A Jisc survey of 27,069 higher and further education students reveals that most are pleased with their digital learning, but areas such as wellbeing, mental health and staff digital skills need more attention.

Between October and December 2020, 21,697 higher education (HE) students and 5,372 in further education (FE) took part in Jisc’s digital experience insights student survey. The surveys seek to support the sector in adapting and responding to the changing situation as a result of COVID–19 policies.

 

eBook Release: The Needs Analysis Playbook—How To Make L&D A Trusted Partner In Your Organization — from elearningindustry.com by Christopher Pappas
You need buy-in to achieve success and enhance your business infrastructure. This needs analysis guide highlights the importance of gathering stakeholder and learner audience feedback, as well as red flags to look for throughout the process.

Excerpt:

The conundrum that many organizations face is whether to invest in needs analysis or skip right to development. After all, identifying gaps and realigning objectives takes time, organization, and planning. The truth is that it creates a solid framework for your L&D initiatives moving forward so that you target pain points instead of just brushing the surface of employee development. This needs analysis guide is designed to help you analyze stakeholders and get buy-in using a step-by-step methodology. Before we dive into the content, let’s look at why needs analysis is imperative for modern organizations.

 

eLearning has improved in the last 7 years… — from elearningindustry.com by Mary Burns
A student in 2014 and a student in 2021 would probably have the same fundamental online learning experience. Yet online learning has changed dramatically in the last 7 years. In my 50th article, I look back at online learning and enumerate 5 drivers that have led to its improvement.

Excerpt:

COVID/remote learning has expanded our understanding of online learning. Teachers are far more adept at using technology and designing with technology to help students learn online. They know which online learning modalities—synchronous or asynchronous—work best with which eLearning platform. Students too have had a year-long internship in online learning—its tools and pedagogies.

COVID has diversified our understanding of online learning. In 2014, when I began writing for eLearning Industry, eLearning meant one thing—a class held in a virtual learning environment or Learning Management System. In 2021, online learning is any learning we do online, whether via free or fee-based subscription services (like Khan Academy and DreamBox, respectively), web conferencing, or Web 2.0 platforms (Edmodo, YouTube channels)—another overlooked candidate for this list.

And COVID has constrained our understanding of online learning. In 2014, when I began writing for eLearning Industry, eLearning was largely asynchronous and done in an LMS. In 2021, for a plurality of teachers and students across the globe, eLearning means one thing: Zoom and it means learning that is live and synchronous.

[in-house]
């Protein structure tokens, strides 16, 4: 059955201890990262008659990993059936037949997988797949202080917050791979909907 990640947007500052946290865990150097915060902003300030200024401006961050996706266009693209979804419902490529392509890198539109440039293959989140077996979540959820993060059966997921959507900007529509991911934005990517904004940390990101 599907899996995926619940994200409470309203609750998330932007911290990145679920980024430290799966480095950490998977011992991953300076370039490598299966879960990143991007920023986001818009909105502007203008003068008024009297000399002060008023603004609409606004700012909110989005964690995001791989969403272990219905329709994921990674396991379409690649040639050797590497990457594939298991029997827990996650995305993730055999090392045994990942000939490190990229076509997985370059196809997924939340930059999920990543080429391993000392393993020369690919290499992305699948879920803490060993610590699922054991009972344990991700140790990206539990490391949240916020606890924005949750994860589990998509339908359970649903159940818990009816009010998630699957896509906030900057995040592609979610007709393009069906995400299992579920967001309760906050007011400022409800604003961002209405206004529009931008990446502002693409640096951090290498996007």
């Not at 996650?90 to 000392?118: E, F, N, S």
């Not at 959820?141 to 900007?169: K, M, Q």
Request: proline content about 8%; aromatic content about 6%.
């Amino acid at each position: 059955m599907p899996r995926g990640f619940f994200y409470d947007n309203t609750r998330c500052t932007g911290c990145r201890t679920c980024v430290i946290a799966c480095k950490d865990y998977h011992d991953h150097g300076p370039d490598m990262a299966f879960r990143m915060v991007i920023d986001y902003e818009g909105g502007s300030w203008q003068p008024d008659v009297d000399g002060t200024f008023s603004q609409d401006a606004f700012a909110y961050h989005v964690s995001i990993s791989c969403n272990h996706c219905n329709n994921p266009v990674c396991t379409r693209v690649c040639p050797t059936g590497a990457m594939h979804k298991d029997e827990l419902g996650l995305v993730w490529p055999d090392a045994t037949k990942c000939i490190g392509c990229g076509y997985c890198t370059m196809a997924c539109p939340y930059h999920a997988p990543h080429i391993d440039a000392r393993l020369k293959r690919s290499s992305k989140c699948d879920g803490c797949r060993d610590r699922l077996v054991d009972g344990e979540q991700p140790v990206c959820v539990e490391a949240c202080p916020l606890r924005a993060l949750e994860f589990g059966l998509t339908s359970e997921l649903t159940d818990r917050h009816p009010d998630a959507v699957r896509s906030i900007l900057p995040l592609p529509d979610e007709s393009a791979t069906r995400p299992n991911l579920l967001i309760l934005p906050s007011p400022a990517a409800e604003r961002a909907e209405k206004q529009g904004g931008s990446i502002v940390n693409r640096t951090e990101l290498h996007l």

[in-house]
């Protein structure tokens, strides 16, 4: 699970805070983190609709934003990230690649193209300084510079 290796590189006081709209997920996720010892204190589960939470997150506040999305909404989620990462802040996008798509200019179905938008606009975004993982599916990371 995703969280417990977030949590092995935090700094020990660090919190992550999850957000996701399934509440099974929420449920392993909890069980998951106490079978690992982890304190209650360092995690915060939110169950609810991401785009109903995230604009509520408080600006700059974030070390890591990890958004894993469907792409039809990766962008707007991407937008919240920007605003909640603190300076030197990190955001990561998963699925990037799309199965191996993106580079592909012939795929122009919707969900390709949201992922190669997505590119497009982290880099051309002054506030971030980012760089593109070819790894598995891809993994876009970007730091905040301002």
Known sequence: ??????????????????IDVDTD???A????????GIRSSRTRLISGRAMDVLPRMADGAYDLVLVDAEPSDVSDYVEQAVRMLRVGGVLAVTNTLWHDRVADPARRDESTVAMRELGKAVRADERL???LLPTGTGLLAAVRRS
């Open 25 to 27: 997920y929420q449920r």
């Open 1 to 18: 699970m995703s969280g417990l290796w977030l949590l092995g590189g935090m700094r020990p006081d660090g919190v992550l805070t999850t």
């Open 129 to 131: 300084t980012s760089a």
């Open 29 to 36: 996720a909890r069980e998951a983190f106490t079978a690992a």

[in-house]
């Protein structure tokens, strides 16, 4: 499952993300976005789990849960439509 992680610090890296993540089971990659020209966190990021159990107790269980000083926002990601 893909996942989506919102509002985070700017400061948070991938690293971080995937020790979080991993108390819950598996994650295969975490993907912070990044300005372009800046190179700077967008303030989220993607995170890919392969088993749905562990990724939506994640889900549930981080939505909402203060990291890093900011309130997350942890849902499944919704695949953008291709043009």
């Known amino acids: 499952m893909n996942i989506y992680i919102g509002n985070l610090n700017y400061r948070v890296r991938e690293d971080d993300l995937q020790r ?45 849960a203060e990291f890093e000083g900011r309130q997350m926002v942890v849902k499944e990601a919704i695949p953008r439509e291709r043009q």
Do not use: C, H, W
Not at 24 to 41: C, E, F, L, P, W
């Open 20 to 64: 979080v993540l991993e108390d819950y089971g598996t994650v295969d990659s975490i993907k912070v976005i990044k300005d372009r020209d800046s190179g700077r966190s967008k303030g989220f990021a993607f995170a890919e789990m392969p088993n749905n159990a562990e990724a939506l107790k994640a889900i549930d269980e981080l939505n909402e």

Improved Student Engagement in Higher Education’s Next Normal — from er.educause.edu by Ed Glantz, Chris Gamrat, Lisa Lenze and Jeffrey Bardzell
Five pandemic-introduced innovative teaching adaptations can improve student engagement in the next normal for higher education.

Excerpt (emphasis DSC):

The five teaching enhancements/adaptations discussed above—collaborative technologies for sense-making, student experts in learning and technology, back channels, digital breakout rooms, and supplemental recording—are well positioned to expand the definition of “student engagement” beyond traditional roll call and attendance tracking. Opportunities to include students at a distance have permitted inclusion of students who are reticent to speak publicly, students whose first language is not English, students with disabilities, and students less engaged through “traditional” channels. With these new conceptions of engagement in mind, we are prepared to be more inclusive of all students in the next normal of higher education.

 

What is it like to use a screen reader? — from knowbility.org by Anthony Vasquez

Excerpt:

In January, I, along with Texas State University computer science student Su Park, demonstrated screen reader interactions as part of Knowbility’s Screen Readers in the Wild webinar. Both Su and I are blind and have used screen readers since childhood. We weren’t able to answer all attendee questions during the webinar, so I’m continuing the discussion here. I hope that after reading this, you’ll better understand the roles that screen readers and accessible content play in the lives of blind people, and learn of a few easy ways you can improve the user experience. So, let’s jump right in!

If you missed Screen Readers in the Wild, you can still watch the demos!

 

If equity is a priority, UDL is a must — from cultofpedagogy.com by Katie Novak

Once you identify the firm goal, ask yourself, “Based on the variability in my class, what barriers may prevent learners from working toward that goal and how can I eliminate those barriers through design?”

Excerpt:

When we design the same learning pathways for all learners, we might tell ourselves we are being fair, but in fact, single pathways are exclusionary.  Beverly Daniel Tatum, author of the critically acclaimed book, Why Are All The Black Kids Sitting Together in the Cafeteria? And Other Conversations About Race, challenges us to focus on impact over intentions. It may not be our intent to exclude our learners, but the reality is that many students do not have opportunities to learn at high levels or to access curriculum and instruction that is accessible, engaging, culturally sustaining, and linguistically appropriate.